Assessment at UNI



(From the UNI Student Outcomes Assessment Policy, 1991 and 2007)


The process of assessing student outcomes at the University of Northern Iowa will be guided by a number of important principles.  The NASULGC [National Association of State Universities and Land Grant Colleges] principles have been adopted by the Board of Regents and will apply to all three institutions.  Additional principles have been suggested by the Board Office in correspondence to those involved in setting institutional policy.  The remaining principles have been gathered from a variety of sources and are intended to apply to assessment at UNI.




  • 1.  Institutional, program, and student outcomes assessment should focus, primarily, on the effectiveness of academic programs and on the improvement of student learning and performance. 
  • 2.  States and institutions should rely primarily on incentives rather than regulations of penalties to affect student outcomes assessment and foster improvement.
  • 3.  Institutional programs for evaluation and assessment should be developed in collaboration with the faculty.
  • 4.  Assessment requirements should permit colleges and universities to develop institutional programs and define indicators of quality appropriate to their missions and goals and consistent with state-wide objectives and standards.
  • 5.  Colleges and universities should be encouraged to use multiple methods of assessment for improving teaching and learning and demonstrating achievement. 
  • 6.  Requirements for assessment should be fiscally conservative and avoid imposing costly evaluation programs on institutions or state agencies.
  • 7. Within an institution, assessment programs should be linked to strategic planning or program review, or some comprehensive strategy intended to encourage change and improvement.




  • *Assessment should involve both major programs and the General Education program on a regular basis.
  • *The focus for process development is on the department unit.
  • *Assessment is not necessarily student specific, although in many cases it may be.  In any case, the development of an effective outcomes assessment program depends on student involvement.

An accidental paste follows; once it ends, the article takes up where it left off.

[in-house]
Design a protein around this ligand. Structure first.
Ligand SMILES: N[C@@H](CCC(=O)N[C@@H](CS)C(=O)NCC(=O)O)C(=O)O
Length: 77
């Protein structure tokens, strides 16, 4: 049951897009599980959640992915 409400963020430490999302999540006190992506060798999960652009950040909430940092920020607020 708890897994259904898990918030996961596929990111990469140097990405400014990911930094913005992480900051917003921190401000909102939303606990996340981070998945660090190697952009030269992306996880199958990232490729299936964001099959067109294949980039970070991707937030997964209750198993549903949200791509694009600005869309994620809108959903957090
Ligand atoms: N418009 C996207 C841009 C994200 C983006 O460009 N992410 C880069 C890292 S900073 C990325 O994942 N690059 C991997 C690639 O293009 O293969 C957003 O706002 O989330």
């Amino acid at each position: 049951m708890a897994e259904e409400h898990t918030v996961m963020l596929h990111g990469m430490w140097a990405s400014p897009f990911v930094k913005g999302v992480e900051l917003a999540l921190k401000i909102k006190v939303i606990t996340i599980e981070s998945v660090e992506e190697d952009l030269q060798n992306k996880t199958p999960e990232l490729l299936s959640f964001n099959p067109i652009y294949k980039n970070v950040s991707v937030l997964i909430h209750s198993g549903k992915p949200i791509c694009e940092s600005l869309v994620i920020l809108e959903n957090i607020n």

*Although teaching is a major element of assessment, student learning remains the primary responsibility of the student.


*Campus climate is critical to effective teaching and learning.


*There are two sets of skills and competencies that students must learn, a minimum set and an additional set of desired skills which enable the student to strive for excellence.  Assessment must accumulate data not only on these minimum basic outcomes, but must also measure the degree to which programs impart the skills required for excellence.


*For assessment to succeed students must:  see the value of the process, participate sincerely, and believe that the process will result in improvements.


*Data collected through assessment should be governed by recognized codes of ethics relating to human subjects research.


*Outcomes assessment requires resources, especially when faculty time and effort are required.

*Faculty will not participate effectively and outcomes assessment is unlikely to be successful if faculty suspect that assessment results will be incorporated in the faculty reward structure.  However, faculty must be rewarded for their [service] work on the assessment process.


*A major purpose of outcomes assessment is to build habits of inquiry and a culture of evidence about student learning.


*Successful assessment requires leadership and support throughout the university, as well as integrity and accountability from those administering the program.


*The assessment program itself must be evaluated periodically.


*Outcomes assessment may be based on either a census or a sample of students.

Interdisciplinary programs such as general education, the business core, and the professional sequence in education will be assessed by committees involving faculty from the affected departments.


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